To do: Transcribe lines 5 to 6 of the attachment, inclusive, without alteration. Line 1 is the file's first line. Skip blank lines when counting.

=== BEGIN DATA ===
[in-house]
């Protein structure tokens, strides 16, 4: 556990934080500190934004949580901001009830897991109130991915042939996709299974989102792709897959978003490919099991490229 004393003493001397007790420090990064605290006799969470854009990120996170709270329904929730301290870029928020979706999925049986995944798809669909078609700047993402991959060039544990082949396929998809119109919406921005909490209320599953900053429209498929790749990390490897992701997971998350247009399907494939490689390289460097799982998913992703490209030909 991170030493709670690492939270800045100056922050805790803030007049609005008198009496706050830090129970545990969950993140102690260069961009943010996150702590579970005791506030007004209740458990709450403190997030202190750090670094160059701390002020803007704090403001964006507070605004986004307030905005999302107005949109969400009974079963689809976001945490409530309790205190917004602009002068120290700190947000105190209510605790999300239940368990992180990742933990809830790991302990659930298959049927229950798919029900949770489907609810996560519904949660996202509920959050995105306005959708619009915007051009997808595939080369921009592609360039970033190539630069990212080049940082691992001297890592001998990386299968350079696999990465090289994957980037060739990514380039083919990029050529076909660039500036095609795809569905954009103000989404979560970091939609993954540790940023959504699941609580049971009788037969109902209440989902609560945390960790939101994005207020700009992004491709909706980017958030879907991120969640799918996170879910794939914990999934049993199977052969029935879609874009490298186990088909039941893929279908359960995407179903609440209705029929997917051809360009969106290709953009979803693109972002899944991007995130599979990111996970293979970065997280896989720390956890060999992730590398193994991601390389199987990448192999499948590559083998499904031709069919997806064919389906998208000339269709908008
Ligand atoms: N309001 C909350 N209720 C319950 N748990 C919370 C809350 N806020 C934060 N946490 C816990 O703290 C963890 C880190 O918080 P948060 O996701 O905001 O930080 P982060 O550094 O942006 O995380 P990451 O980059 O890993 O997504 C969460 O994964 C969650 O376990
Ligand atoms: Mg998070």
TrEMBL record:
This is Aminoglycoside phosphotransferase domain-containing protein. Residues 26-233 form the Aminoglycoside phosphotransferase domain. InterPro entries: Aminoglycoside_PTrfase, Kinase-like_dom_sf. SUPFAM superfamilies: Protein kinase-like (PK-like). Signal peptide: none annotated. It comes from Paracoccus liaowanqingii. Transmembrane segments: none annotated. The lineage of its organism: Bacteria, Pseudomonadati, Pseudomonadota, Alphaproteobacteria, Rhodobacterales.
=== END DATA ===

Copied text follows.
TrEMBL record:
This is Aminoglycoside phosphotransferase domain-containing protein. Residues 26-233 form the Aminoglycoside phosphotransferase domain. InterPro entries: Aminoglycoside_PTrfase, Kinase-like_dom_sf. SUPFAM superfamilies: Protein kinase-like (PK-like). Signal peptide: none annotated. It comes from Paracoccus liaowanqingii. Transmembrane segments: none annotated. The lineage of its organism: Bacteria, Pseudomonadati, Pseudomonadota, Alphaproteobacteria, Rhodobacterales.